While at SewDown Nashville, I had the pleasure of a class with Carolyn Friedlander where she took us through a few blocks of her Aerial Quilt.

aerial-close

I like quilt block tutorials, but none of the few finished quilts I’ve made have come from purchased patterns. This will be the first, and I already have another Aerial Quilt planned. After that, I’ll probably make a few more. I LOVE THIS PATTERN.

aerial-FI

Why?

It’s perfect for a jelly roll. Or leftover strip scraps. Or bigger pieces. Super convenient.

It’s paper piecing at it’s easiest. Long straight lines. Edge-to-edge. No tricky “will-this-fabric-end up-fitting?” moments. No complicated piecing order. The only thing you have to be careful of is not going so fast that you accidentally sew your next piece of fabric with the wrong side facing your work.

And despite the simplicity of the construction, at the end, you have a stunning design that’s really visually compelling (in my opinion). I think the design is fabric-friendly – I haven’t seen an Aerial block that I didn’t like, and people are using all kinds of fabrics: solids, florals, geometric, low volume, high volume. I dare you to try to pick something that looks bad. I used Carolyn’s Botanics line with some coordinating Robert Kaufman Kona strips – both from jelly rolls.

I’m not sure how I’ll quilt this yet. Carolyn had beautiful samples; one had large spirals or circles, one had straight line quilting. I think another had swirls and pebbles, but I can’t remember. Since I have at least two planned, I may try some swirls as well as some straight lines. We’ll see!

aerial-full

Also, I thought I’d mention that I’ve been struggling with hanging unfinished blocks and tops from my system because the bottom corners often insist on curling under. I like my hanging system and want to keep using it, but I don’t want to starch everything just to hang for a photo. Today I was desperate, and I just placed some batting (no pins, no adhesive) to the back of the offending corner. The batting served two purposes: it provided a little weight which made the whole piece hanging better and it kept the fabric from curling under on the corner. Yay!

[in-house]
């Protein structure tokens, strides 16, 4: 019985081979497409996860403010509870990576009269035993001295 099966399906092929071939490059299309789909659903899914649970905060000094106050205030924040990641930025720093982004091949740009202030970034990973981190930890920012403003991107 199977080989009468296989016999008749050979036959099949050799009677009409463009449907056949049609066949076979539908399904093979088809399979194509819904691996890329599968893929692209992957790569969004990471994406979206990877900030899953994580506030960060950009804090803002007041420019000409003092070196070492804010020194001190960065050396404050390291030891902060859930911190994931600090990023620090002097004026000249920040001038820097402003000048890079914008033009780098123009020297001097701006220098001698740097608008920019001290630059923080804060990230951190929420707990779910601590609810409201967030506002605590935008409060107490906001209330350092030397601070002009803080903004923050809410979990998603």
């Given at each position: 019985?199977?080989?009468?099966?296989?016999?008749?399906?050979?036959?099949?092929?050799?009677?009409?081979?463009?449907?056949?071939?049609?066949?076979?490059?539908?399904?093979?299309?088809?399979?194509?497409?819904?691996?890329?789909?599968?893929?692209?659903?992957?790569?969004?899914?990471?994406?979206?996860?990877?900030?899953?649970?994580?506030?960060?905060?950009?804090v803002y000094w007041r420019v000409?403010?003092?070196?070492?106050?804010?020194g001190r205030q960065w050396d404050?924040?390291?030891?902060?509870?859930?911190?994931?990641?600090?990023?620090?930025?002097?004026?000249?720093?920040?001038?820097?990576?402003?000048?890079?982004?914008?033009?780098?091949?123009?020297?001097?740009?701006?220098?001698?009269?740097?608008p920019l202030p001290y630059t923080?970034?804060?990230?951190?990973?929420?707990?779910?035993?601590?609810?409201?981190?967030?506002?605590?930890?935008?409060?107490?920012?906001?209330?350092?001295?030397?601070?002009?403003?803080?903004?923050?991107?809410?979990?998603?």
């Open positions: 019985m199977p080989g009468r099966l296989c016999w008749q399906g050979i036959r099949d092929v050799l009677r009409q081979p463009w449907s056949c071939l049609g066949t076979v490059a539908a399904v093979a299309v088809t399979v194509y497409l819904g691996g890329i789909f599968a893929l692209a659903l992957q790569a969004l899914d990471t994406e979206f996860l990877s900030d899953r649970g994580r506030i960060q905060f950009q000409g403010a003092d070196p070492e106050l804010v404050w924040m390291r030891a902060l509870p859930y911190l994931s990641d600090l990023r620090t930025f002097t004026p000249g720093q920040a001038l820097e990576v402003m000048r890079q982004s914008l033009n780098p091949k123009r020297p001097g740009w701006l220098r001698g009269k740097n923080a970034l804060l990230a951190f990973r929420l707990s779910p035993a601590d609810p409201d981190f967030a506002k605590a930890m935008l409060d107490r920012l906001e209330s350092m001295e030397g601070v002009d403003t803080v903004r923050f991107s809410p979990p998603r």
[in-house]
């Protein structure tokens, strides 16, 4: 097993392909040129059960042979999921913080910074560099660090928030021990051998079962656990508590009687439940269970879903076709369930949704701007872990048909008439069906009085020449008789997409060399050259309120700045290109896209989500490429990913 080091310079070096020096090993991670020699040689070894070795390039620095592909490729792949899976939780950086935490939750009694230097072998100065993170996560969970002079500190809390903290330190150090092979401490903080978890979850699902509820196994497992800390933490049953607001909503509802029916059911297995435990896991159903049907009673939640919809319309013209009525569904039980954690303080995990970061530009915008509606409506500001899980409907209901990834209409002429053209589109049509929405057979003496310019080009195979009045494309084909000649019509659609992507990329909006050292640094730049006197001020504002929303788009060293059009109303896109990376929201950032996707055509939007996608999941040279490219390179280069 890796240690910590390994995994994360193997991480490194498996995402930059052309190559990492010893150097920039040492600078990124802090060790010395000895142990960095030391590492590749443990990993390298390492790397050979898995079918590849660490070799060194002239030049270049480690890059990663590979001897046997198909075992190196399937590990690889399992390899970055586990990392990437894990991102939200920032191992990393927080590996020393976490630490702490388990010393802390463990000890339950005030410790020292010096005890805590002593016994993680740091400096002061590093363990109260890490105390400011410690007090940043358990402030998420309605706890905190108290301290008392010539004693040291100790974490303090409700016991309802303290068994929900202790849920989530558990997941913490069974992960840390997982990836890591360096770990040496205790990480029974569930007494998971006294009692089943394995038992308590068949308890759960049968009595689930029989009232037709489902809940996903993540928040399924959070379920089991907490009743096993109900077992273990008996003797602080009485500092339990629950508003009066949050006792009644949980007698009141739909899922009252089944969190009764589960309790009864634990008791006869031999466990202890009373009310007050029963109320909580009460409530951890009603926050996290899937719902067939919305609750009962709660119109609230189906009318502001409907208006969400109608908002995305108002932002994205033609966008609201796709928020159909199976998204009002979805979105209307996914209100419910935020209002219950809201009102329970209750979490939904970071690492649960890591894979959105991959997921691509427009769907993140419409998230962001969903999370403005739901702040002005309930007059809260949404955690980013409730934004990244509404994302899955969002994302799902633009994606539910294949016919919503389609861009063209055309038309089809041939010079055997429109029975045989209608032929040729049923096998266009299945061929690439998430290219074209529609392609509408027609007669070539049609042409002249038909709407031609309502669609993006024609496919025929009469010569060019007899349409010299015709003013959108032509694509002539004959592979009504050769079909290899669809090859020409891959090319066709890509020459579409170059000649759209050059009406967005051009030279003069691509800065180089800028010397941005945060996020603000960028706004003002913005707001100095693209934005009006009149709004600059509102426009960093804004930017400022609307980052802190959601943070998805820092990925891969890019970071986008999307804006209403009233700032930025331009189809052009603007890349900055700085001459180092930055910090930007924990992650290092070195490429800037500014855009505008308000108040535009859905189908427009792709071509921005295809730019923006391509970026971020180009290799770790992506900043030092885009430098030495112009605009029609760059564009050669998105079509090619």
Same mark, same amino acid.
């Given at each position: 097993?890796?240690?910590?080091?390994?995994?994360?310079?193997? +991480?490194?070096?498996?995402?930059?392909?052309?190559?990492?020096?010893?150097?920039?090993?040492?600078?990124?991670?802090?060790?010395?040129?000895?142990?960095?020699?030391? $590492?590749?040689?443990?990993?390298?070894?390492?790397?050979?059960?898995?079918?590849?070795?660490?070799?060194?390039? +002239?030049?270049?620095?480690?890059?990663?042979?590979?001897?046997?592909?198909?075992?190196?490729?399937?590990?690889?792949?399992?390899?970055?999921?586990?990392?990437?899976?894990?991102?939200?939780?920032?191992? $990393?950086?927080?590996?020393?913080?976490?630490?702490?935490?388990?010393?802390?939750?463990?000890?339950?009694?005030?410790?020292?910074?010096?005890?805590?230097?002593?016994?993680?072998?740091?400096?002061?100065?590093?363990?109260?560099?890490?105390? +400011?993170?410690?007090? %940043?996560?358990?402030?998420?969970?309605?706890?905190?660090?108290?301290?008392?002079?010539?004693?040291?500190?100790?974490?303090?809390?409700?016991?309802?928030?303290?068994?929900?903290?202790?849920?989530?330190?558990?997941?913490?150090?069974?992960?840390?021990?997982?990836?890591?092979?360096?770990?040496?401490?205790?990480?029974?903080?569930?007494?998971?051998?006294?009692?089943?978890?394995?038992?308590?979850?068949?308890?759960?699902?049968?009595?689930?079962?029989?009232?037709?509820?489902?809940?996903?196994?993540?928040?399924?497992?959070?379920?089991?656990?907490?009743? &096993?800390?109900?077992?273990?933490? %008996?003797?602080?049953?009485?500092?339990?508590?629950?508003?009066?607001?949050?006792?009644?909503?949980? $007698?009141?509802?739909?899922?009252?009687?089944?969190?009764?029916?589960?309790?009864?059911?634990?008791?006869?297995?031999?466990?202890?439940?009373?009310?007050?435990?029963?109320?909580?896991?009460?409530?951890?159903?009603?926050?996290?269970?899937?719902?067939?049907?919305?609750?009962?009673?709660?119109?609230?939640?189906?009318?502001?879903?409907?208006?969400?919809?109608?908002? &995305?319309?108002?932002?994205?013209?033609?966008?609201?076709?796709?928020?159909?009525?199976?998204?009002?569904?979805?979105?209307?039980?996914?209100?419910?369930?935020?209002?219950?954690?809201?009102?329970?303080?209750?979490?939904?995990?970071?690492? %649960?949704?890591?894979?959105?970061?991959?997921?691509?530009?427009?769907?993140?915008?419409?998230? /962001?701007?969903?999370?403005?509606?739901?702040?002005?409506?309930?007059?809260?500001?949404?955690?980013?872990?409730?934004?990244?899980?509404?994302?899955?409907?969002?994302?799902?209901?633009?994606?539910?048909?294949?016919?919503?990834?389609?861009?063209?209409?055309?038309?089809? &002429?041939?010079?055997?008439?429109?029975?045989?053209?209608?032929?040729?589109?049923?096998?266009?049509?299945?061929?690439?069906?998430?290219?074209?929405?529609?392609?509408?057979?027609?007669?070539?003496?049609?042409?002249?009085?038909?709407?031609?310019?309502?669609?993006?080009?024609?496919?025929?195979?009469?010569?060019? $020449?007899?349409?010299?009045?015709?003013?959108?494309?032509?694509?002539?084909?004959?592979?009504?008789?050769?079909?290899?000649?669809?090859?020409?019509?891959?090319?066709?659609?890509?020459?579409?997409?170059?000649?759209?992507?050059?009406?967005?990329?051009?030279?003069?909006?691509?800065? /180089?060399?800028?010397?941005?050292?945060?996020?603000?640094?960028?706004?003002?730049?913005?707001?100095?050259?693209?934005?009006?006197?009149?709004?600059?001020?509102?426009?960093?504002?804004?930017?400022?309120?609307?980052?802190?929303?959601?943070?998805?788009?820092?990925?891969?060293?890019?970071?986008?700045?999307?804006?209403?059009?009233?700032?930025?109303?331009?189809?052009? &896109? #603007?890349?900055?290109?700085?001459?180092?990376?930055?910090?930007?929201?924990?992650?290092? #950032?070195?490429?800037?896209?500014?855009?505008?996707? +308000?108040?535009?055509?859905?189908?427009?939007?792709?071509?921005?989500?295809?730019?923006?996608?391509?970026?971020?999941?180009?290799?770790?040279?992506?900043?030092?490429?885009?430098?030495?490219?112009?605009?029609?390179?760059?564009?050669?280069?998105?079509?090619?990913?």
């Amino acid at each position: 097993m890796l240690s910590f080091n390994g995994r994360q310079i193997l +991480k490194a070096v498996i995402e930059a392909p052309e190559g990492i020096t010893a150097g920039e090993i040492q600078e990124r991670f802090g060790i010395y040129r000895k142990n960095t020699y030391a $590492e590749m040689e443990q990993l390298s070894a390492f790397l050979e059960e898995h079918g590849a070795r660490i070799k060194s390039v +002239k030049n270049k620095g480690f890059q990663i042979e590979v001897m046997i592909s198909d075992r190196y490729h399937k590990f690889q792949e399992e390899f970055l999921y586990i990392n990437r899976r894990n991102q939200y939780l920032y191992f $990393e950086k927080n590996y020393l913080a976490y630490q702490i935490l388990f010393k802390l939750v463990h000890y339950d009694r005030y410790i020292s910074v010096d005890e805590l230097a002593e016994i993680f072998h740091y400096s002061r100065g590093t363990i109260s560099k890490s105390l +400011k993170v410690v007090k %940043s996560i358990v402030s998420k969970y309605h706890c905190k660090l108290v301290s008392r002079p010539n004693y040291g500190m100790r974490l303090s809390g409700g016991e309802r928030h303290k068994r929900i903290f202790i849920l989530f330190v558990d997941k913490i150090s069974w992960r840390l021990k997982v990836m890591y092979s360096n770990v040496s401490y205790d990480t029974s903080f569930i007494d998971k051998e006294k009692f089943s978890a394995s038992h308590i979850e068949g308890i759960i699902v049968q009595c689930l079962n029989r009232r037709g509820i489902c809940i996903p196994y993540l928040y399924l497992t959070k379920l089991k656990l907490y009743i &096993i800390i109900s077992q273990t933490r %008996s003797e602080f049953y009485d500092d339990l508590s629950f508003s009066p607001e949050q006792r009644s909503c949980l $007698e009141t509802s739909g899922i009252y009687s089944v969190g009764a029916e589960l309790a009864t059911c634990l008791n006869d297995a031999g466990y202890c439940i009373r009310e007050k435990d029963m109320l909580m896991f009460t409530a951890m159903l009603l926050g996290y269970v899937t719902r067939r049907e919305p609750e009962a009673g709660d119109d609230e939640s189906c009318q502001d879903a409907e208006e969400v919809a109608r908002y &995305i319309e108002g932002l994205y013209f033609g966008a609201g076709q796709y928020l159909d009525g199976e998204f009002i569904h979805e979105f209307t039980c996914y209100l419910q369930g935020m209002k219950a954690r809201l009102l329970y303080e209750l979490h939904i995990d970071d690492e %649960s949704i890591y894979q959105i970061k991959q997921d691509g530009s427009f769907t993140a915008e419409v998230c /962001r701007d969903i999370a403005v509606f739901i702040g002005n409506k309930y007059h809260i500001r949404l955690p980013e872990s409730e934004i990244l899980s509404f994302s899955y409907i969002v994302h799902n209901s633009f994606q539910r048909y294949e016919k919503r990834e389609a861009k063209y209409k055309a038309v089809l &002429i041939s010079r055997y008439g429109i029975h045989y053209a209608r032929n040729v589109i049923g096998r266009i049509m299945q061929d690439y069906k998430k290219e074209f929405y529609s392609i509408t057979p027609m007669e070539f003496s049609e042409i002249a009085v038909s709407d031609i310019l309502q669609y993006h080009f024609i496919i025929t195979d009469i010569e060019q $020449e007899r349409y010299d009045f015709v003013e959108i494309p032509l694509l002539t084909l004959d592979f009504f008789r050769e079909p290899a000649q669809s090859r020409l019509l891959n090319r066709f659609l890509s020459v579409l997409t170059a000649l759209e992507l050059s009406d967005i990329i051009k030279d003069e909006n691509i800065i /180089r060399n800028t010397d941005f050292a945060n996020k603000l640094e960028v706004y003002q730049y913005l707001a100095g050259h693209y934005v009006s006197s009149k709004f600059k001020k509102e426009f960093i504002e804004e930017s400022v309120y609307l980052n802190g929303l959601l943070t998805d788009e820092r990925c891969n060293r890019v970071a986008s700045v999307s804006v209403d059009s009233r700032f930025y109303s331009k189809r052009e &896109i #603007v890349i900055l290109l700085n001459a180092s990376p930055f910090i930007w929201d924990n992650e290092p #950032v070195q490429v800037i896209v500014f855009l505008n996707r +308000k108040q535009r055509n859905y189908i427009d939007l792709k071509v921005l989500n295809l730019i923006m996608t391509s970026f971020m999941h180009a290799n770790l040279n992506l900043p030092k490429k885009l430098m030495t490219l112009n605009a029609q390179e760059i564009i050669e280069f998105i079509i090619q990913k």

I lifted a corner to try to show you what I did. (There’s also a little peek at Carolyn’s paper-piecing pattern.)

aerial-batting-for-pic
I’m trying to link up more often, so I’m going a little link-crazy this week.  Linking with WIP Wednesday at Freshly Pieced, Fabric Tuesday at Quilt Story Show and Tell Tuesday at i have to say, and the Paper Piecing Party at Quiiet Play

9 Comments

  1. Marly

    Beautifully striking pattern, especially in your limited range of colours. As you say you don’t usually follow patterns, now you’ve made this one, would you follow the pattern exactly next time, or would you go your own way?

    1. Daisy

      That’s a great question, Marly! I’ll follow each block exactly. But, the arrangement of the blocks into the final quilt top allows for some customization, and I enjoy that aspect of the pattern. You can also do your own thing with the sashing though I followed the pattern exactly with this. The next one I’m making is a gift for an engineer, so I plan to use some of the more colorful Botanics out of the same jelly roll, and mix in some of the Architextures from my stash that feel mathy or topographical.

  2. Vera

    That is really good looking. I see this pattern for the very first time and I really like it. Neat! I like your color choice.

  3. Sarah @ Berry Barn Designs

    I was going to say just tape a little weight to each corner, Daisy, but it looks like your super quick batting idea is perfect! I’m always a little jealous of that hanging system you have for shoots – so clean and modern and way fewer stray threads than my design wall : P I’m interested to see the variations you create with the block!

  4. Pingback: Finished: Aerial Quilt | Smiles Too Loudly

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